Saturday, January 16, 2016

Have Yourself a Pagan Little Holiday


Ah, Christmastime. A time for joy, eggnog, and controversy.

Last year, my wife and I celebrated our first Christmas as us. Part of being an us meant having to stand- if with all the confidence of Bambi on ice- on our own convictions.

I had seen my parents, and other families, go through it before- Saturnalia, druids, and evergreen idols. This year, though, God brought the issues into razor-sharp focus, as our entire church came face-to-face with this issue.

Is the tree really an idol? Is the Grinch really a reformer waging war on idolatry? Can I get some eggnog with a shot of paganism, please?

It's an emotional topic, because if the answer is "yes," then a lot of fun memories and happy traditions need to be torn down like so many asherim, burned with the yule log, and buried with a sprig of holly through their heart.

But we must be willing for the answer to be "yes," or there is no purpose in asking the question. As with any other question which we take to Scripture, a good first step would be an examining of our own hearts- are we really ready to follow wherever God calls us to go? If we aren't ready to submit to any answer, then why bother seeking an answer at all?

There are many Godly believers who celebrate Christmas, and many who do not; furthermore, there are many from either camp who could argue their position very convincingly.

But last year, as my wife and I wrestled through it, I felt like The Lord clearly and decisively answered my questions about Christmas. I'm writing it down here because I'm sure the discussion will come up again and I don't want to forget what I learned. I'm also hoping that it will be a blessing to others who are or will be wrestling with the same issues.

So, without further ado- is it permissible, let alone good, for Christians to celebrate Christmas?

The Christmas issue boiled down in my mind to a few doubts that hovered like the shadow of an enormous Ebenezer Scrooge over the lights and the trees and the stockings. I'm going to focus on those here.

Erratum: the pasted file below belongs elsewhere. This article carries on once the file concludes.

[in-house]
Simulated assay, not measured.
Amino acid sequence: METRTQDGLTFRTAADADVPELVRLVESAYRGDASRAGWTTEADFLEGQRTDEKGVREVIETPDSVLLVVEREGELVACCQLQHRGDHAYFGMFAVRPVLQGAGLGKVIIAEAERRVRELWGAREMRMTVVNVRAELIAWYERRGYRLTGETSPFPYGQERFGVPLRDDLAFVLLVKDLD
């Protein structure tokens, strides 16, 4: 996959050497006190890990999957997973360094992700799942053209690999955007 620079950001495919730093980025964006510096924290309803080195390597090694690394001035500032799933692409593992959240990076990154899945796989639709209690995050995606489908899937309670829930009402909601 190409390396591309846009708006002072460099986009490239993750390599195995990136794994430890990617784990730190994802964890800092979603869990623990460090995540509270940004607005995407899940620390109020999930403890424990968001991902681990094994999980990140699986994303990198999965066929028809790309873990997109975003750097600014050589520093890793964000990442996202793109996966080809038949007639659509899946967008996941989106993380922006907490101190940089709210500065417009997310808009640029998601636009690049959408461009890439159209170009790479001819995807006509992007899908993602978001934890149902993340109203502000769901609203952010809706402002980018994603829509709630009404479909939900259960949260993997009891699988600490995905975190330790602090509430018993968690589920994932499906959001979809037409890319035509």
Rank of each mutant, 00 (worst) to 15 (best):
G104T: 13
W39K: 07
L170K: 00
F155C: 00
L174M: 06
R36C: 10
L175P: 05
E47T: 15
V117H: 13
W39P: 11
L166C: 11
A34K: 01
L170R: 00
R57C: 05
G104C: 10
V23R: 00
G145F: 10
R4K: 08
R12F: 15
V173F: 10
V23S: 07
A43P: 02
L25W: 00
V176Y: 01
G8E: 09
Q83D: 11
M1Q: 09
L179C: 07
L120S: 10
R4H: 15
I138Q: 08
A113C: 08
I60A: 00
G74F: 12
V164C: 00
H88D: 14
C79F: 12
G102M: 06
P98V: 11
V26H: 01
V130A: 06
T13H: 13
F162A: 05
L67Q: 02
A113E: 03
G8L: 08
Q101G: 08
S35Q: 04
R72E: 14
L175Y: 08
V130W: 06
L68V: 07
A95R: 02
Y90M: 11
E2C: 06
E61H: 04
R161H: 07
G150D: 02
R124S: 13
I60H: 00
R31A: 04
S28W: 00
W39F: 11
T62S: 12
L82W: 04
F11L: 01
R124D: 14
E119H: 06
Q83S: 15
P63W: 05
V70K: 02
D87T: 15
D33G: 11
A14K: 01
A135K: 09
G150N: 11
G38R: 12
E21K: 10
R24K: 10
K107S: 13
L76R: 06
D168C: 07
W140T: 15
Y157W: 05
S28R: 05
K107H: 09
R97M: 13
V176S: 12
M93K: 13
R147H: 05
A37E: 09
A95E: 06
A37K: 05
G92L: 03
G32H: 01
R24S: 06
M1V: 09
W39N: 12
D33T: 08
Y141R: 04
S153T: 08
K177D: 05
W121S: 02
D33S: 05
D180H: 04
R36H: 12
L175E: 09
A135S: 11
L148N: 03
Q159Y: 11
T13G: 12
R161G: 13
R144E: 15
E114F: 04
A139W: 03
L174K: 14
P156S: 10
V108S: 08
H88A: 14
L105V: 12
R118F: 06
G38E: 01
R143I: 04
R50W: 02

What about the Jewish feasts?

I have in the past participated in "Passover" celebrations which served as a way to look back on Christ as the fulfillment thereof, and insofar as the Old Covenant feasts are enjoyed as educational and historical exercises which teach us about Christ they are wonderful opportunities.

But if God decreed these feasts- some of which He called perpetual, and commanded for generational observance- why are we not celebrating them yearly? Why are we not quite literally religious about them? Shouldn't we be celebrating the Jewish feasts as a matter of obedience to God's Word?

No. We should not. What's more, we cannot.

The feasts were part of the ceremonial laws of the Old Covenant- laws which, unlike the moral and judicial laws, were abrogated in Christ, their Fulfillment. To which you say, "prove it, bub," and rightly so; we cannot just go cherry-picking through the Law of God, deciding which ones sound fun for us to keep and which ones are too old-fashioned. So is there a Biblical basis for calling some of God's Laws "ceremonial," and for saying that we are not obligated to keep them?

In Hebrews 9:8-11, we see that the laws regarding "food and drink and various washings, regulations for the body" are appointed until "a time of reformation," namely, "when Christ appeared." That verse succinctly clarifies what exactly the "ceremonial law" is. But noticeably absent from this list is any mention of feasts or festivals.

Hebrews 10:12, however, tells us that Christ was the final sacrifice. We are no longer supposed to follow the laws about sacrificing animals, because those laws pointed to Christ, and He has come and fulfilled them once for all. It is now not only unnecessary but actually blasphemous to sacrifice animals, because The Lamb has come, and we should not look to anything else for our atonement.